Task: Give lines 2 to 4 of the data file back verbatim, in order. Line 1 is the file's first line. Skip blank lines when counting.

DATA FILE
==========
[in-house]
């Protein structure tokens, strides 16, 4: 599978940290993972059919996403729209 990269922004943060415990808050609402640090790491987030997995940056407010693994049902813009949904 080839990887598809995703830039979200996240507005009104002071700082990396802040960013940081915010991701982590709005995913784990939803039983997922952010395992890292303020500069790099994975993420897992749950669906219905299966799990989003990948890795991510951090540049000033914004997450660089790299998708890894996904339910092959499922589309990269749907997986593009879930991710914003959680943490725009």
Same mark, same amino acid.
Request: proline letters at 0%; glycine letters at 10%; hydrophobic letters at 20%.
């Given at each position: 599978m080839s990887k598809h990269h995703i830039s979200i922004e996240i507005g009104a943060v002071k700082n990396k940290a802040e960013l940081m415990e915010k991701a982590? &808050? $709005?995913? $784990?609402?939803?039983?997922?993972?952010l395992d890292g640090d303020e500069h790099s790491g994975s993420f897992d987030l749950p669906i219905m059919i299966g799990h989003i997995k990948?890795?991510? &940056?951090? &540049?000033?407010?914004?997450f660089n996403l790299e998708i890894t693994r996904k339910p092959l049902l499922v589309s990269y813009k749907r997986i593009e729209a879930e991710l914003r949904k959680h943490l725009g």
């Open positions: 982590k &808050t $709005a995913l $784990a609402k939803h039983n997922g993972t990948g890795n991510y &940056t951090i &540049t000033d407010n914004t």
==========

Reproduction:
């Protein structure tokens, strides 16, 4: 599978940290993972059919996403729209 990269922004943060415990808050609402640090790491987030997995940056407010693994049902813009949904 080839990887598809995703830039979200996240507005009104002071700082990396802040960013940081915010991701982590709005995913784990939803039983997922952010395992890292303020500069790099994975993420897992749950669906219905299966799990989003990948890795991510951090540049000033914004997450660089790299998708890894996904339910092959499922589309990269749907997986593009879930991710914003959680943490725009």
Same mark, same amino acid.
Request: proline letters at 0%; glycine letters at 10%; hydrophobic letters at 20%.